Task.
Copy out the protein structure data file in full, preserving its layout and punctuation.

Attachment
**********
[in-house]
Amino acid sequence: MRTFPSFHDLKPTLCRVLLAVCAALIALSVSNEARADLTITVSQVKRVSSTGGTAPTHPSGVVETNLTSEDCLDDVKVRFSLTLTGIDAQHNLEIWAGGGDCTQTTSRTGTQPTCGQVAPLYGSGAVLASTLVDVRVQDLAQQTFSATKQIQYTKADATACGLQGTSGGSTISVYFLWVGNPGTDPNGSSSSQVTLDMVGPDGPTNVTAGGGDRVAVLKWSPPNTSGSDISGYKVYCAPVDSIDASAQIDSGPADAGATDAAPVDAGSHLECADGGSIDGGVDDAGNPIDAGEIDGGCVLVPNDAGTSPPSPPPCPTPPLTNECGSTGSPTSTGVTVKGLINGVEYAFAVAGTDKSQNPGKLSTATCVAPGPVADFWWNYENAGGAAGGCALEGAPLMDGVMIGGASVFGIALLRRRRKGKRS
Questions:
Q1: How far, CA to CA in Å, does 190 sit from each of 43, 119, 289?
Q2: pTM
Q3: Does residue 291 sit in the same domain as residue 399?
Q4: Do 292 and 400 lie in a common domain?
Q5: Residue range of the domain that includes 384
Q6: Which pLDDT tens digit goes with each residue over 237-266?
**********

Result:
[in-house]
Amino acid sequence: MRTFPSFHDLKPTLCRVLLAVCAALIALSVSNEARADLTITVSQVKRVSSTGGTAPTHPSGVVETNLTSEDCLDDVKVRFSLTLTGIDAQHNLEIWAGGGDCTQTTSRTGTQPTCGQVAPLYGSGAVLASTLVDVRVQDLAQQTFSATKQIQYTKADATACGLQGTSGGSTISVYFLWVGNPGTDPNGSSSSQVTLDMVGPDGPTNVTAGGGDRVAVLKWSPPNTSGSDISGYKVYCAPVDSIDASAQIDSGPADAGATDAAPVDAGSHLECADGGSIDGGVDDAGNPIDAGEIDGGCVLVPNDAGTSPPSPPPCPTPPLTNECGSTGSPTSTGVTVKGLINGVEYAFAVAGTDKSQNPGKLSTATCVAPGPVADFWWNYENAGGAAGGCALEGAPLMDGVMIGGASVFGIALLRRRRKGKRS
Questions:
Q1: How far, CA to CA in Å, does 190 sit from each of 43, 119, 289?
Q2: pTM
Q3: Does residue 291 sit in the same domain as residue 399?
Q4: Do 292 and 400 lie in a common domain?
Q5: Residue range of the domain that includes 384
Q6: Which pLDDT tens digit goes with each residue over 237-266?